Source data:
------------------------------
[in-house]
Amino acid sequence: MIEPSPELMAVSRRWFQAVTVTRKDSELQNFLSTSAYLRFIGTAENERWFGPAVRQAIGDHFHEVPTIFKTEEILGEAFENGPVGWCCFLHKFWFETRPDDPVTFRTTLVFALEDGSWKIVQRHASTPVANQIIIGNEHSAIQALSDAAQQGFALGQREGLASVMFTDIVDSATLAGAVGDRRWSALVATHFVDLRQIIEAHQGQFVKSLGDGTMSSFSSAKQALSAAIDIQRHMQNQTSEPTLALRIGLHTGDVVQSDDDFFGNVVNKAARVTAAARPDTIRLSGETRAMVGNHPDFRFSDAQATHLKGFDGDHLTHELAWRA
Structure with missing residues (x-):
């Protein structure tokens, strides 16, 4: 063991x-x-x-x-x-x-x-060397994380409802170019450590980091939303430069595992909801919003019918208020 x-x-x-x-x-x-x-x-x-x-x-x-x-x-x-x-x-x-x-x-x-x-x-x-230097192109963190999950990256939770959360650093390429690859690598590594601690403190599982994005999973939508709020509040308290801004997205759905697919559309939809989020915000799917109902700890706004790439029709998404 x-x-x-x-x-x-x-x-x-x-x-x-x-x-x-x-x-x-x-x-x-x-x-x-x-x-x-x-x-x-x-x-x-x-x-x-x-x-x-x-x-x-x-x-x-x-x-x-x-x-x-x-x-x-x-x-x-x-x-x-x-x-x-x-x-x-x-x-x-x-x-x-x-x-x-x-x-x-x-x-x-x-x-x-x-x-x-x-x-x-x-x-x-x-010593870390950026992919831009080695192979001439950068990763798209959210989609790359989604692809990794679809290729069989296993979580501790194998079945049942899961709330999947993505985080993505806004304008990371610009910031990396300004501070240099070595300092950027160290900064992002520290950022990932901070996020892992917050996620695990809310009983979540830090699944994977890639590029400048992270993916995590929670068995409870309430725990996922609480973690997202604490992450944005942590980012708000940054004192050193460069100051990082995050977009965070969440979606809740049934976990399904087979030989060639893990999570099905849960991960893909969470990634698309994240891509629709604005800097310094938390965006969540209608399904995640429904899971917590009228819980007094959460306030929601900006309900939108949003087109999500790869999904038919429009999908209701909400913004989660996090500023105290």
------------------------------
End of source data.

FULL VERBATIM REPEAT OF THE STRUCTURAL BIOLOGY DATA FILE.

[in-house]
Amino acid sequence: MIEPSPELMAVSRRWFQAVTVTRKDSELQNFLSTSAYLRFIGTAENERWFGPAVRQAIGDHFHEVPTIFKTEEILGEAFENGPVGWCCFLHKFWFETRPDDPVTFRTTLVFALEDGSWKIVQRHASTPVANQIIIGNEHSAIQALSDAAQQGFALGQREGLASVMFTDIVDSATLAGAVGDRRWSALVATHFVDLRQIIEAHQGQFVKSLGDGTMSSFSSAKQALSAAIDIQRHMQNQTSEPTLALRIGLHTGDVVQSDDDFFGNVVNKAARVTAAARPDTIRLSGETRAMVGNHPDFRFSDAQATHLKGFDGDHLTHELAWRA
Structure with missing residues (x-):
């Protein structure tokens, strides 16, 4: 063991x-x-x-x-x-x-x-060397994380409802170019450590980091939303430069595992909801919003019918208020 x-x-x-x-x-x-x-x-x-x-x-x-x-x-x-x-x-x-x-x-x-x-x-x-230097192109963190999950990256939770959360650093390429690859690598590594601690403190599982994005999973939508709020509040308290801004997205759905697919559309939809989020915000799917109902700890706004790439029709998404 x-x-x-x-x-x-x-x-x-x-x-x-x-x-x-x-x-x-x-x-x-x-x-x-x-x-x-x-x-x-x-x-x-x-x-x-x-x-x-x-x-x-x-x-x-x-x-x-x-x-x-x-x-x-x-x-x-x-x-x-x-x-x-x-x-x-x-x-x-x-x-x-x-x-x-x-x-x-x-x-x-x-x-x-x-x-x-x-x-x-x-x-x-x-010593870390950026992919831009080695192979001439950068990763798209959210989609790359989604692809990794679809290729069989296993979580501790194998079945049942899961709330999947993505985080993505806004304008990371610009910031990396300004501070240099070595300092950027160290900064992002520290950022990932901070996020892992917050996620695990809310009983979540830090699944994977890639590029400048992270993916995590929670068995409870309430725990996922609480973690997202604490992450944005942590980012708000940054004192050193460069100051990082995050977009965070969440979606809740049934976990399904087979030989060639893990999570099905849960991960893909969470990634698309994240891509629709604005800097310094938390965006969540209608399904995640429904899971917590009228819980007094959460306030929601900006309900939108949003087109999500790869999904038919429009999908209701909400913004989660996090500023105290």